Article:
I sliced my finger on the lid of a spaghetti sauce can last night which sent me into a tailspin of panic.  Though painful and bloody, the cut was seemingly benign.  Nothing that a few stitches and a tetanus shot couldn’t take care of.   Yet my reaction was Oscar-worthy, rivaled only by the time I was dumped by my college sweetheart and slipped into a 2-month depression.

Since our move to Nicaragua, I’ve fallen down concrete hills, stepped on stingrays, and boarded down a volcano and survived, all of which resulted in memorable scars of our journey in Nicaragua.  So why was this latest notch on my bedpost of injuries invoking such anxiety?   The answer – I’m 5 months pregnant. 

Justin struggled to understand my hysteria.  As he fumbled thru the house in search of Band-aids and Bactine, I sobbed into the blood soaked towel wrapped around my finger and fretted about the possibility of a trip to the local Centro de Salud.  Having only been there once before for an anti-parasite prescription, I conjured up visions of rusty needles and disgruntled nurses.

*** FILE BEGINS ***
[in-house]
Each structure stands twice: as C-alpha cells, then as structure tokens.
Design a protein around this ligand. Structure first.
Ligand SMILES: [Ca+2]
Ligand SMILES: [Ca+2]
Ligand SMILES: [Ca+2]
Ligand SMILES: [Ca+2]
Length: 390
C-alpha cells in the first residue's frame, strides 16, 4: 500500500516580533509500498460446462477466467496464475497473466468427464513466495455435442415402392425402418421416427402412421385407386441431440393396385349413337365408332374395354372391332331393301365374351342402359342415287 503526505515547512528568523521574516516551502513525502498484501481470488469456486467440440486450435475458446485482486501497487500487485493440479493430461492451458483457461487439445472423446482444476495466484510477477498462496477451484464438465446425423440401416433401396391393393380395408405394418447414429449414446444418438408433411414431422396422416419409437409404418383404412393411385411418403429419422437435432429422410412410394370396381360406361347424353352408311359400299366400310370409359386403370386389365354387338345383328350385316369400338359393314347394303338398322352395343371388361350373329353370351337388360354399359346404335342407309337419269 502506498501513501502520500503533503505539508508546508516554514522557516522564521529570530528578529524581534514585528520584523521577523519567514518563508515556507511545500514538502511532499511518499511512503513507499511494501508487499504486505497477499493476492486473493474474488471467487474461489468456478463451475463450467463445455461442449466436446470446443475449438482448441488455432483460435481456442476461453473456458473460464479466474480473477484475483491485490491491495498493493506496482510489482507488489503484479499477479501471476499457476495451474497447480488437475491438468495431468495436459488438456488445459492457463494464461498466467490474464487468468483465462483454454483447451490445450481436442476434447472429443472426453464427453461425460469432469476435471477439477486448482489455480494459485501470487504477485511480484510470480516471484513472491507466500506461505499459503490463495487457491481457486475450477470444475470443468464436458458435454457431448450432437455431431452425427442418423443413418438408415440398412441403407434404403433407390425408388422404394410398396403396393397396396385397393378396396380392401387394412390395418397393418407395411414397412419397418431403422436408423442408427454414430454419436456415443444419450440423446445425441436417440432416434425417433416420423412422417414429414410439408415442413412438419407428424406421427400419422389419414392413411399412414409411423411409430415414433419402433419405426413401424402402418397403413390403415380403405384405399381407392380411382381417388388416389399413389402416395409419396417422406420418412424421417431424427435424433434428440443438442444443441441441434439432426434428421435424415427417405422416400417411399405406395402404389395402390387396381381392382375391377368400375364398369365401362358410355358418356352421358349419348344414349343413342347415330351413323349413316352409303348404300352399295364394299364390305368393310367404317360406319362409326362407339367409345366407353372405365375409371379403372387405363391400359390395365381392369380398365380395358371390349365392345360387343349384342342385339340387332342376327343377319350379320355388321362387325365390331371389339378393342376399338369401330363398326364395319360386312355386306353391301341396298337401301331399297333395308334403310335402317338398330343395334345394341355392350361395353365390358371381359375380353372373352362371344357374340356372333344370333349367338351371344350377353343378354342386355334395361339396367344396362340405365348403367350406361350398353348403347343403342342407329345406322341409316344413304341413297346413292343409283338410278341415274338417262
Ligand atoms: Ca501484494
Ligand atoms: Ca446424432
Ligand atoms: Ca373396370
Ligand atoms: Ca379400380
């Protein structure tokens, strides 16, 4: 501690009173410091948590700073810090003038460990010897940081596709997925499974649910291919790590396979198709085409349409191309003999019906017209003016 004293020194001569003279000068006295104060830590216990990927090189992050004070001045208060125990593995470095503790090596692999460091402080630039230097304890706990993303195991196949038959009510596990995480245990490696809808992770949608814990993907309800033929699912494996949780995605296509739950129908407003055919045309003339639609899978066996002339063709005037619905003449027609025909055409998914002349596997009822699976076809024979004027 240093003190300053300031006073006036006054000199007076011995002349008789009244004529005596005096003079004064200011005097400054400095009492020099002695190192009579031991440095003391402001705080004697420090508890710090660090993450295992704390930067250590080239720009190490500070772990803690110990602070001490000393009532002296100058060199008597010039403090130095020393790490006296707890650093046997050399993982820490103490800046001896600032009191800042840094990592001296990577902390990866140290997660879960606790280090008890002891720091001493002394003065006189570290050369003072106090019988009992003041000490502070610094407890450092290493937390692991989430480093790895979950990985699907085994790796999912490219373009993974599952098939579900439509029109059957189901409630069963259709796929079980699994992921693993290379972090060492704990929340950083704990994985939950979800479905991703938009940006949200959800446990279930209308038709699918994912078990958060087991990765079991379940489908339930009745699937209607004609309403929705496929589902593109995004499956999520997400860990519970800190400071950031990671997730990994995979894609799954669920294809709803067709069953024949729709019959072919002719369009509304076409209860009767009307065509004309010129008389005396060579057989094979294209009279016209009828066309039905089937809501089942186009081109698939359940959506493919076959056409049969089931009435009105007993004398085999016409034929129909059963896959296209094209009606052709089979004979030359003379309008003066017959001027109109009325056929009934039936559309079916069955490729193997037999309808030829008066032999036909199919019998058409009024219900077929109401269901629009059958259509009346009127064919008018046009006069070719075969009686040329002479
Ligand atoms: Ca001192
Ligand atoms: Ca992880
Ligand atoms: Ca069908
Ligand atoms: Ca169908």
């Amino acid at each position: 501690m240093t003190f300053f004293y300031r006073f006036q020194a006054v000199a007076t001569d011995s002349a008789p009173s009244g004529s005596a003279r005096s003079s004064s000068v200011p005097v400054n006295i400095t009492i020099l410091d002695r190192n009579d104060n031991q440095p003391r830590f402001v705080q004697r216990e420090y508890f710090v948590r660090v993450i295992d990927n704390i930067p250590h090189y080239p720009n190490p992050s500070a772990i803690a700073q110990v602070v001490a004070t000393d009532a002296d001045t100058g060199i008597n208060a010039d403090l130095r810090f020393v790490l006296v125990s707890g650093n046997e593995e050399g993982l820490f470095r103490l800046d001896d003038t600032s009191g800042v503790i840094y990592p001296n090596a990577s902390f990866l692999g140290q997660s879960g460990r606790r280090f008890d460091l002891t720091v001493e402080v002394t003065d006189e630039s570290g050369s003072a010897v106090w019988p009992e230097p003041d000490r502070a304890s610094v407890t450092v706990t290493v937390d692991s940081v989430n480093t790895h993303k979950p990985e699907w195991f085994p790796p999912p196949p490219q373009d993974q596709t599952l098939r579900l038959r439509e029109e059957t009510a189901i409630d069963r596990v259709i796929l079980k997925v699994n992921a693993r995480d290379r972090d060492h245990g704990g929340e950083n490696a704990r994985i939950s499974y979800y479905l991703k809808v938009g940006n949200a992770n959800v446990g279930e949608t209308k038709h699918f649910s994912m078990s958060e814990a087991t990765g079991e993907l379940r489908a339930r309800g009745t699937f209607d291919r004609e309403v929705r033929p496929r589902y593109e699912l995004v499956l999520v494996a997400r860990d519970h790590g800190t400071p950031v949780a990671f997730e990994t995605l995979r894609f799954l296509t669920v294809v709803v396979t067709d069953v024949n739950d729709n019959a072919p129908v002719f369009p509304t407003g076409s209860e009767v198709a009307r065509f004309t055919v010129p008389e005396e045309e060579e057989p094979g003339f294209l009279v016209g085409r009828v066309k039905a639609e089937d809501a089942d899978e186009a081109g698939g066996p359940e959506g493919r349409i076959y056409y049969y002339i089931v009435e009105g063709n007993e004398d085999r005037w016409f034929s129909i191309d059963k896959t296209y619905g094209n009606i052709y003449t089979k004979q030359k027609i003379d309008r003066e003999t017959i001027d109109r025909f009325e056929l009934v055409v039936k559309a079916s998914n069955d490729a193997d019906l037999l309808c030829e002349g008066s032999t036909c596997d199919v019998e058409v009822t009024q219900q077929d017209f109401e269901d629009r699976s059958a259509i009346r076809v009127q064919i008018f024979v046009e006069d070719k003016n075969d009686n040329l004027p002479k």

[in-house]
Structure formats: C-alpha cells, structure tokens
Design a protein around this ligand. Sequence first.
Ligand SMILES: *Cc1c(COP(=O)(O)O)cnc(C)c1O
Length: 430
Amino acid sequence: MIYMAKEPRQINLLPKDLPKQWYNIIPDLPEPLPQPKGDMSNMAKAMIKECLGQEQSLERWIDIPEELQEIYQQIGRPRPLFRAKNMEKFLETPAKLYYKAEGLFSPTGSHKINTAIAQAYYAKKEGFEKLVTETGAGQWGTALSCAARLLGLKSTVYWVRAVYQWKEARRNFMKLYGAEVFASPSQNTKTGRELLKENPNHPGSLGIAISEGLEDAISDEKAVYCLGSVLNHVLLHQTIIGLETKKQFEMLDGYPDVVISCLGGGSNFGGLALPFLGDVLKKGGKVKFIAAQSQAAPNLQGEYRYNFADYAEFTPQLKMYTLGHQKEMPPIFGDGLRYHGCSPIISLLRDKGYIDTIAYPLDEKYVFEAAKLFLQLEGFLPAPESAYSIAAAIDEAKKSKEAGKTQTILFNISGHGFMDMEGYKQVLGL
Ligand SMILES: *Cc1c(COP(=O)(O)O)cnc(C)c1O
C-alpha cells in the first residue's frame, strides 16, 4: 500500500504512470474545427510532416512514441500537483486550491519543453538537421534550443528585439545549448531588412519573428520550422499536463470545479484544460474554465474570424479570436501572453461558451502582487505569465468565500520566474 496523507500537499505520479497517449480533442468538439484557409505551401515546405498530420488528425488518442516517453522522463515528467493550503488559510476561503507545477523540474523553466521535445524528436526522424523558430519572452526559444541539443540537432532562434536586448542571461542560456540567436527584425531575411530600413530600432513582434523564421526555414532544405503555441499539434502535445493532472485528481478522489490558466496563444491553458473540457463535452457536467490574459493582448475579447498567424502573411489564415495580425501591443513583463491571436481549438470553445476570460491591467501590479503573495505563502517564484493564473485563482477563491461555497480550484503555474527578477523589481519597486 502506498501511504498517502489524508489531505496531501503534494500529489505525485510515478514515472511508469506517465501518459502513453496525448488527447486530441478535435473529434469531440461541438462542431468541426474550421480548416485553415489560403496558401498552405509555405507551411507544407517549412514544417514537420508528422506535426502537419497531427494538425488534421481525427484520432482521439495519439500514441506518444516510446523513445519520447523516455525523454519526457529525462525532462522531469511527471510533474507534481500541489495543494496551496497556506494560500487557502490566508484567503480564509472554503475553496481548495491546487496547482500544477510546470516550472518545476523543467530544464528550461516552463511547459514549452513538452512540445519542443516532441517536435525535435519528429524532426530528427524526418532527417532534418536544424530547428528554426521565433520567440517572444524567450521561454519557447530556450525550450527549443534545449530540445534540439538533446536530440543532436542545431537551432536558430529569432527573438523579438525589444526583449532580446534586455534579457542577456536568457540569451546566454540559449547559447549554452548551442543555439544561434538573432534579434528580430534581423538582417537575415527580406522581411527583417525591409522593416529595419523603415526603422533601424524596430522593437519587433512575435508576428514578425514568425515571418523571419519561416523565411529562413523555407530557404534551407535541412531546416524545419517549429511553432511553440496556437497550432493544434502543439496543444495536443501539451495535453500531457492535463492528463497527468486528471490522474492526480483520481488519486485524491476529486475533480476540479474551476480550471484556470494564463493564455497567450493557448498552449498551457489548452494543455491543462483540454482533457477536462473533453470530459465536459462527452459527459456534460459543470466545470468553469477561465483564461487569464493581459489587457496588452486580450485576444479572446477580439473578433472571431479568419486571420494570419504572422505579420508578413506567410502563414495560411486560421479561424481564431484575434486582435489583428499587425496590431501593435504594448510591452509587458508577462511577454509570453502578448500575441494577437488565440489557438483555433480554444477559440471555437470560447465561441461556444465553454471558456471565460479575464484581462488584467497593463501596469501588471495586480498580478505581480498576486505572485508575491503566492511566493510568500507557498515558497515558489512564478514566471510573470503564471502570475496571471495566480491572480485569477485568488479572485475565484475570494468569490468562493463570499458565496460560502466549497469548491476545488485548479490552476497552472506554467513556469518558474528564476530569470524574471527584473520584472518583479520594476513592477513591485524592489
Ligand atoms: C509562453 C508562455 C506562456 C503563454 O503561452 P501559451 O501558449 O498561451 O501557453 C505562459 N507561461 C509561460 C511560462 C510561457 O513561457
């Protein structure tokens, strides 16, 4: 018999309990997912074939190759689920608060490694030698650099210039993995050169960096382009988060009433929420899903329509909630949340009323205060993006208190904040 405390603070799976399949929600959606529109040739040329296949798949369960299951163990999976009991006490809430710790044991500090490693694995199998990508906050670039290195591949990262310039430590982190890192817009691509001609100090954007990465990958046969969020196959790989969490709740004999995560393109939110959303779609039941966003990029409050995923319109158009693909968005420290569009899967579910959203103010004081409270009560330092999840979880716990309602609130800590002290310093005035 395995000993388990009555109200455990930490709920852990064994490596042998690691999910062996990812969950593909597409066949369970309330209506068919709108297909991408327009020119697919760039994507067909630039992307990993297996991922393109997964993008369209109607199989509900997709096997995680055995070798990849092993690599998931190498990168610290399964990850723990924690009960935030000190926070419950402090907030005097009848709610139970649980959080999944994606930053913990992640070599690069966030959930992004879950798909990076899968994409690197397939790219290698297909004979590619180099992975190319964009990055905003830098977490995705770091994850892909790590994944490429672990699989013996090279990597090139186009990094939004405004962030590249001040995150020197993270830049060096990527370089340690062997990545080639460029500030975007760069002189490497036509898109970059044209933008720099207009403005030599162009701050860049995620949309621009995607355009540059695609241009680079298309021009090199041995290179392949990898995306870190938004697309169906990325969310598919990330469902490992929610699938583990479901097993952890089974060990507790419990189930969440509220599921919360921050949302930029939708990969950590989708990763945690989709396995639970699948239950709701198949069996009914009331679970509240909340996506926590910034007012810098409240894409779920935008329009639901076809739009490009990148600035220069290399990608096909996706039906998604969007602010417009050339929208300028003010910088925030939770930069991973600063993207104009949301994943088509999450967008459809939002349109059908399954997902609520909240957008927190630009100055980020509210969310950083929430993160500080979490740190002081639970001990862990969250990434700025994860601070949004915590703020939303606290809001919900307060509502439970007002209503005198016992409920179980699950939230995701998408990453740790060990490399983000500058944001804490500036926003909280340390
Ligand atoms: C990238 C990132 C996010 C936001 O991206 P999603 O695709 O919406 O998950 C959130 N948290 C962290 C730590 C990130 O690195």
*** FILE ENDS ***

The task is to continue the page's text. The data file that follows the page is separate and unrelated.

My already pregnancy-laden hormonal thoughts had spiraled out of control into a place of utter fear that had very little to do with my finger and much more to do with this looming birth.  What if I went into labor early and couldn’t make it to Managua in time?  What if I had to give birth at the Centro de Salud.  What if I went to the Centro de Salud for this cut and they prescribed me something that could ultimately harm this developing baby inside me.  If Justin couldn’t find the Band-aids, how was he going to find the hospital in Managua, two and a half hours away?  What if, what if, what if?

As a self-proclaimed control freak/hypochondriac, pregnancy is bound to cause some level of anxiety in an expecting mom.  DSM-IV diagnoses aside, Pregnancy can cause moments of anxiety in any mom.  Mix it all together with a birth planned in Nicaragua, with Spanish speaking doctors, thousands of miles from family and you have the perfect recipe for an all out freak out, which is exactly what I did last night.  The finger will heal, with or without stitches, but what will happen to me and more importantly, to this baby that I have already been waiting 5 months to meet?

20 Weeks